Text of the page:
Null-terminated Unicode strings in on Windows

Roman Kennke roman at
Fri Jan 25 17:44:54 UTC 2008


> > The specification is buggy
> > > in that it does not take into account the operating system interface 
> > > and makes correct memory management inefficient 
> > > for the benefit of sparing one byte per buffer 
> > > where an OS call is not needed.
> > > Ridiculous.
> > 
> > Tom Tromey pointed out another possible problem on IRC: What if the
> > string itself contains the 0? Unlikely, but possible in the Java world.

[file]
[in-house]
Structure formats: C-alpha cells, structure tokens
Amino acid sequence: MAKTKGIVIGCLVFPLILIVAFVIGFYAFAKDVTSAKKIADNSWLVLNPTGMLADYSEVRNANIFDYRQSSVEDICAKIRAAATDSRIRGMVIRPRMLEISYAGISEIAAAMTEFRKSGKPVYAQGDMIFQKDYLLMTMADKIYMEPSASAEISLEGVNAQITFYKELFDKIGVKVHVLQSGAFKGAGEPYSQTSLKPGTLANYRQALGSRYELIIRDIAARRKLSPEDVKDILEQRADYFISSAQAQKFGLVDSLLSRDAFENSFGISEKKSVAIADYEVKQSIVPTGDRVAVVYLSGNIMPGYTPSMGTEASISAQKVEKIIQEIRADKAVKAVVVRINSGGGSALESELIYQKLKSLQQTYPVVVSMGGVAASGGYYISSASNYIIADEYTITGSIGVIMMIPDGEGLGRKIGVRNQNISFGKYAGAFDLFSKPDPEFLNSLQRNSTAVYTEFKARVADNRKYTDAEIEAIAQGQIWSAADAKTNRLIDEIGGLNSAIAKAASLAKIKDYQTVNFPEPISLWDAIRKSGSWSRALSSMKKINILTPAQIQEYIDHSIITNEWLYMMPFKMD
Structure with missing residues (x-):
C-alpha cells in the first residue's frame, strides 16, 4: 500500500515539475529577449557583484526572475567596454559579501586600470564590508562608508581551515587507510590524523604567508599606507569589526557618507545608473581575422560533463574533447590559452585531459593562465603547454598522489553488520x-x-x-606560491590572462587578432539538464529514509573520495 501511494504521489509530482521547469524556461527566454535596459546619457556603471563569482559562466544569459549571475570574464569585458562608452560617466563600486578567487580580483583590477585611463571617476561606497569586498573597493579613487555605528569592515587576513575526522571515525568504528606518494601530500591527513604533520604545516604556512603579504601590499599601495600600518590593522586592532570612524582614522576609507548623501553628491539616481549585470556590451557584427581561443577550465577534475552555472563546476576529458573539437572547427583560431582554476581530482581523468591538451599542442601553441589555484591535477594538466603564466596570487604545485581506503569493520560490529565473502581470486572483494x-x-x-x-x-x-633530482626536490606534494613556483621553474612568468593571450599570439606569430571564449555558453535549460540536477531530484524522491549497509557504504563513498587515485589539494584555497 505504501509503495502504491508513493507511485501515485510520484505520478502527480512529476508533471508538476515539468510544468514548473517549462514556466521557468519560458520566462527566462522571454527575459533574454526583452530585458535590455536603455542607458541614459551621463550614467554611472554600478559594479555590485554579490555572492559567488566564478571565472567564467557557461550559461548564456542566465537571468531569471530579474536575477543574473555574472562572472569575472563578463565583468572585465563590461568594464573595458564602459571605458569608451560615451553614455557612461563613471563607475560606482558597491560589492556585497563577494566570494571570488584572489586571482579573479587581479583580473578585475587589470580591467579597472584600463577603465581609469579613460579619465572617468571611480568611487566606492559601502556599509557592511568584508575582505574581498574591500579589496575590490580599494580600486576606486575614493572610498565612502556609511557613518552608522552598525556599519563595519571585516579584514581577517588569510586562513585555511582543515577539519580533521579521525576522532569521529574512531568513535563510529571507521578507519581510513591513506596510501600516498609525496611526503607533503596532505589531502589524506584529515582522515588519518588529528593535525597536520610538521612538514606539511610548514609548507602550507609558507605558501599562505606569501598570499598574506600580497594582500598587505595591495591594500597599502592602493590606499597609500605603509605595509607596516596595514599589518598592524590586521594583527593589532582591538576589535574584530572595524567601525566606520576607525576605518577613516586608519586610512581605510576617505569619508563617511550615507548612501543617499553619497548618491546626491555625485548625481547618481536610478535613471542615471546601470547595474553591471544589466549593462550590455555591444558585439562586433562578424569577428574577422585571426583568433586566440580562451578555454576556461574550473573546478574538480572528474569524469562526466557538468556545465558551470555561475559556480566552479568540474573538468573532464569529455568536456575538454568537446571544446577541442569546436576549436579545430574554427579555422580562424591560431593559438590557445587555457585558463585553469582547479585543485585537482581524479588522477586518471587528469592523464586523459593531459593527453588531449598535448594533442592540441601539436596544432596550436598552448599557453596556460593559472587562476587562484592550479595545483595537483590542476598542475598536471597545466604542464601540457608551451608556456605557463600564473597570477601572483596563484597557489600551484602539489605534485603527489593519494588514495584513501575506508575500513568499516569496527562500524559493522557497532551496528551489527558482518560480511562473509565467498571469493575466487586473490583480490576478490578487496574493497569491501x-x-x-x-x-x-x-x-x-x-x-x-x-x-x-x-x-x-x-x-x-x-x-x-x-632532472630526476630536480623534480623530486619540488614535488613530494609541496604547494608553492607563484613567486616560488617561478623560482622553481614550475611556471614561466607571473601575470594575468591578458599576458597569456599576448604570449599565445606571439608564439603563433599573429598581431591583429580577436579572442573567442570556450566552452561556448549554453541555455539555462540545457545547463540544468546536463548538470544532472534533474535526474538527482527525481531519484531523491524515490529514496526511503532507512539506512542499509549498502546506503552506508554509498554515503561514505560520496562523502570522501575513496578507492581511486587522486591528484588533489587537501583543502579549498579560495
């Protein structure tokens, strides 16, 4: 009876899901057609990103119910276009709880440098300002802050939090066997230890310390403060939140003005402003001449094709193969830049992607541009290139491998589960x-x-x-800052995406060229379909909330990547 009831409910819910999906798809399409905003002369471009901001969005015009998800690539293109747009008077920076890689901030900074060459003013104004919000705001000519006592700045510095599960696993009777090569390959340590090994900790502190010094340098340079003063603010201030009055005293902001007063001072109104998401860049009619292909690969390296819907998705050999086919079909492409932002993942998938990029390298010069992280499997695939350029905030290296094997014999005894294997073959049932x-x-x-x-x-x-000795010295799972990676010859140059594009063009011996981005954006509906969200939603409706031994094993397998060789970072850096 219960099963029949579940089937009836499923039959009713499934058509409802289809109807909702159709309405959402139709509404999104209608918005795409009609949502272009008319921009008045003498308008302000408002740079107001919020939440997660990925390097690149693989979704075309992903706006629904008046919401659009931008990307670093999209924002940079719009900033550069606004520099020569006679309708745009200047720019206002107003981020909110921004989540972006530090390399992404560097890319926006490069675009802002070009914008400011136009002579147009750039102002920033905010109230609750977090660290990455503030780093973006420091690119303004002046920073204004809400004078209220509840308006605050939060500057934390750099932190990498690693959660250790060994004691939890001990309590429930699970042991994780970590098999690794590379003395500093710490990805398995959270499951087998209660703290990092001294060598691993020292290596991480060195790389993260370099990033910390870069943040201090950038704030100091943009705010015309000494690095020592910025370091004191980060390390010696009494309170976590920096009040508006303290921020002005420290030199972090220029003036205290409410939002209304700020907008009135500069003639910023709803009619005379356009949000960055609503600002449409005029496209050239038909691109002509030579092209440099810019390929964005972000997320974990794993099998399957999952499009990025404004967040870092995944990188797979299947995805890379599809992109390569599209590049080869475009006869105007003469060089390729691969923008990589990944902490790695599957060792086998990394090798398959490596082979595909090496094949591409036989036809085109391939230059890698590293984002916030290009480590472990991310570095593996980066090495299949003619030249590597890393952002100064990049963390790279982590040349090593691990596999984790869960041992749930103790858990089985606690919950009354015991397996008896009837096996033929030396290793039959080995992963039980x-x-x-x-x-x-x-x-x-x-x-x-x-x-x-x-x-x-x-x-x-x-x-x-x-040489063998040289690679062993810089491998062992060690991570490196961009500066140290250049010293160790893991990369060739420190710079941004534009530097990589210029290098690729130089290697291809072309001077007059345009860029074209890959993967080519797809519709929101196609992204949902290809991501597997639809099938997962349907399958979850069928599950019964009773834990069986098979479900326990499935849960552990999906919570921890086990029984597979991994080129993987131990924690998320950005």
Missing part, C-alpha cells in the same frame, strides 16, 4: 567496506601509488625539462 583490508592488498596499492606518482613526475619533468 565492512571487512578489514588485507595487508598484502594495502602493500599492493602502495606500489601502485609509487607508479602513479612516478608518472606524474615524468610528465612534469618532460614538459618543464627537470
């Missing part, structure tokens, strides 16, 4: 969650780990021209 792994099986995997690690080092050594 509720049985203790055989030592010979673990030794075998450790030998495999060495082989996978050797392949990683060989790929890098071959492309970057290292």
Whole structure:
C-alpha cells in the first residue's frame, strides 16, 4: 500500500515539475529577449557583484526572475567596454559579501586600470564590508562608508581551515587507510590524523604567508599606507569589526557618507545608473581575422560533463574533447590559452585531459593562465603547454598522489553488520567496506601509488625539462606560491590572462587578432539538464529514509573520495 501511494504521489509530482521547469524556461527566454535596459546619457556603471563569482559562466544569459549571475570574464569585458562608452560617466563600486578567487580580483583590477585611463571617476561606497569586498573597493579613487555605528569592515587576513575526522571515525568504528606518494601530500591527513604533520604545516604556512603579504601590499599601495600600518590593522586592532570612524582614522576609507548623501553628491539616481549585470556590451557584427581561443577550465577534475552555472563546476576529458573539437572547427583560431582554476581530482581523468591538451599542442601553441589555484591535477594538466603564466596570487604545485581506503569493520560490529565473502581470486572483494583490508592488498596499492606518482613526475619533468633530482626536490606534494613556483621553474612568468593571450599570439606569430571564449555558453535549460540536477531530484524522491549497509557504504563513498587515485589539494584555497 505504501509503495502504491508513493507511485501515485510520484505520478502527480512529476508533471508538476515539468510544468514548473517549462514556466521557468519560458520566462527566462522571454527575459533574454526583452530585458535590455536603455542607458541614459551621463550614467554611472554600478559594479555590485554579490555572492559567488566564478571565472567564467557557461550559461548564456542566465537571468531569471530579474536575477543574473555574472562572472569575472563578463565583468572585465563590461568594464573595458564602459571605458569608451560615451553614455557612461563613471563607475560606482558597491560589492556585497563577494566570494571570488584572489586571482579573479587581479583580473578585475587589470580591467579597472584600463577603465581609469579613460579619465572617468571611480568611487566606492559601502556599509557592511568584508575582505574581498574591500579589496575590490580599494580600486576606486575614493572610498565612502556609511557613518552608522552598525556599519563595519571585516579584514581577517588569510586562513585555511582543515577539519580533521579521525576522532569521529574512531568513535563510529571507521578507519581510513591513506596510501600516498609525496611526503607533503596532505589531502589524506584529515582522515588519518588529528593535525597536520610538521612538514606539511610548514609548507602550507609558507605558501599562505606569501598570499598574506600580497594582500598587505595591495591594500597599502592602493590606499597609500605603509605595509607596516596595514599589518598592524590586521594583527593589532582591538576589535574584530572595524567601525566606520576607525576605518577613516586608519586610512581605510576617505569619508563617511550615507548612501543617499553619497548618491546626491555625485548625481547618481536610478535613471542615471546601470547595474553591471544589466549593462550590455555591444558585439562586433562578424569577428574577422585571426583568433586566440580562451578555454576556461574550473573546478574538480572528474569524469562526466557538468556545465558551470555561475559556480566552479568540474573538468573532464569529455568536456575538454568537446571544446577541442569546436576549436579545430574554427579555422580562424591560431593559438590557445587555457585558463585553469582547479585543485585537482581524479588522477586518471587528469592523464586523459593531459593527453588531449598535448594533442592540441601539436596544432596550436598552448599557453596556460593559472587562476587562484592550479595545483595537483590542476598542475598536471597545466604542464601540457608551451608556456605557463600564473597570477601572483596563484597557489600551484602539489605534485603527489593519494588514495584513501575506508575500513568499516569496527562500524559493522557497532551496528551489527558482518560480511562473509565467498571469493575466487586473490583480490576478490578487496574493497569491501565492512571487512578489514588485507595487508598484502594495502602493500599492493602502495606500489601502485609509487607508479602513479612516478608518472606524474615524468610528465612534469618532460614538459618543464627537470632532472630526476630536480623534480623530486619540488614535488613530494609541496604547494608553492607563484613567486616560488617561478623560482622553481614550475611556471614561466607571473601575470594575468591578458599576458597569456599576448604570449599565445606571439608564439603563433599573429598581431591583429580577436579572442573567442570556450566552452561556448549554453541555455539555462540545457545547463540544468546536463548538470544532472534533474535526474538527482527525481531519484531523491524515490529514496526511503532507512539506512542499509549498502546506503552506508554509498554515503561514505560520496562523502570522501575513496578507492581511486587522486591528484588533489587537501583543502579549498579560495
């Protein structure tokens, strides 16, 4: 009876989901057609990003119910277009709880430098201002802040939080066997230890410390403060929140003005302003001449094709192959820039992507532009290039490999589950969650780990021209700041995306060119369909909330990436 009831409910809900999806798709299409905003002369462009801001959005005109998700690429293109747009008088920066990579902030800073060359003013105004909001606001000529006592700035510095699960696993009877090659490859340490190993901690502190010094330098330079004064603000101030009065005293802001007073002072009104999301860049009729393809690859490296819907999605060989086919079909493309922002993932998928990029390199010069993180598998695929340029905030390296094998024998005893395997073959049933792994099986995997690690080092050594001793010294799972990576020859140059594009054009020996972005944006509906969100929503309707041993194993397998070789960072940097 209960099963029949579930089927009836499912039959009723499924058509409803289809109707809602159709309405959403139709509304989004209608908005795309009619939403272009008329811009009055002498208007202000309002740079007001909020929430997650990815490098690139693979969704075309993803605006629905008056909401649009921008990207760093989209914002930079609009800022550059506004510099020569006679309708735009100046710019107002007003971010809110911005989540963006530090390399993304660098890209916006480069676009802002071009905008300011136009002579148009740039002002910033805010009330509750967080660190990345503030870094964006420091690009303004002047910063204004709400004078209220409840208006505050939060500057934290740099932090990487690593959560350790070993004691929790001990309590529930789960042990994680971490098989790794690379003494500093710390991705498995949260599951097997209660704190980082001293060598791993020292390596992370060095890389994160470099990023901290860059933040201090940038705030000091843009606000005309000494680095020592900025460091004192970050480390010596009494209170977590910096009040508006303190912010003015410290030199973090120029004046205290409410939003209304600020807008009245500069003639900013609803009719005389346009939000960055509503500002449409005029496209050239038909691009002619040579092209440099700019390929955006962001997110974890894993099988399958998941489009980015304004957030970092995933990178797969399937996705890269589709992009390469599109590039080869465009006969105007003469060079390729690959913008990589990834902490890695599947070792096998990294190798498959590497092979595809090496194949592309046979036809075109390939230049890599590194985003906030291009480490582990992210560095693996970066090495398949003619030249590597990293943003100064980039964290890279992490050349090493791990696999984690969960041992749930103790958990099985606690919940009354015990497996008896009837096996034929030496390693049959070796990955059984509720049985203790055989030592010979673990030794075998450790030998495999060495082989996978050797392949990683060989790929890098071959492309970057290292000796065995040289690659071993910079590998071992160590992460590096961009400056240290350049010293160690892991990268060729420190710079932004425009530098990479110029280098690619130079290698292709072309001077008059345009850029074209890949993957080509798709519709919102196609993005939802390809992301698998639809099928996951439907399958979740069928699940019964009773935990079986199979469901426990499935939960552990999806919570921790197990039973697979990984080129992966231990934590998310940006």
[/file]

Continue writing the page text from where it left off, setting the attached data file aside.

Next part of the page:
> I understand that parameters passed to the OS 
> are subject to the limitations of the OS.
> Not containing a zero inside may be just one of them.  
> The Java specification claims nowhere 
> that every string can be used to name every object.

Yeah, but GetStringChars() is a general purpuse JNI function and not at
all tied to the OS. Passing the string on to the OS for I/O purposes is
just one use case. Zero-terminating a Java string really doesn't right.
If you need it zero-terminated, then you can always do this in your code
by copying over the string in a static buffer or similar (as suggested
somewhere else in this thread). This is by no means incorrect memory
management, it only requires a little more thinking.



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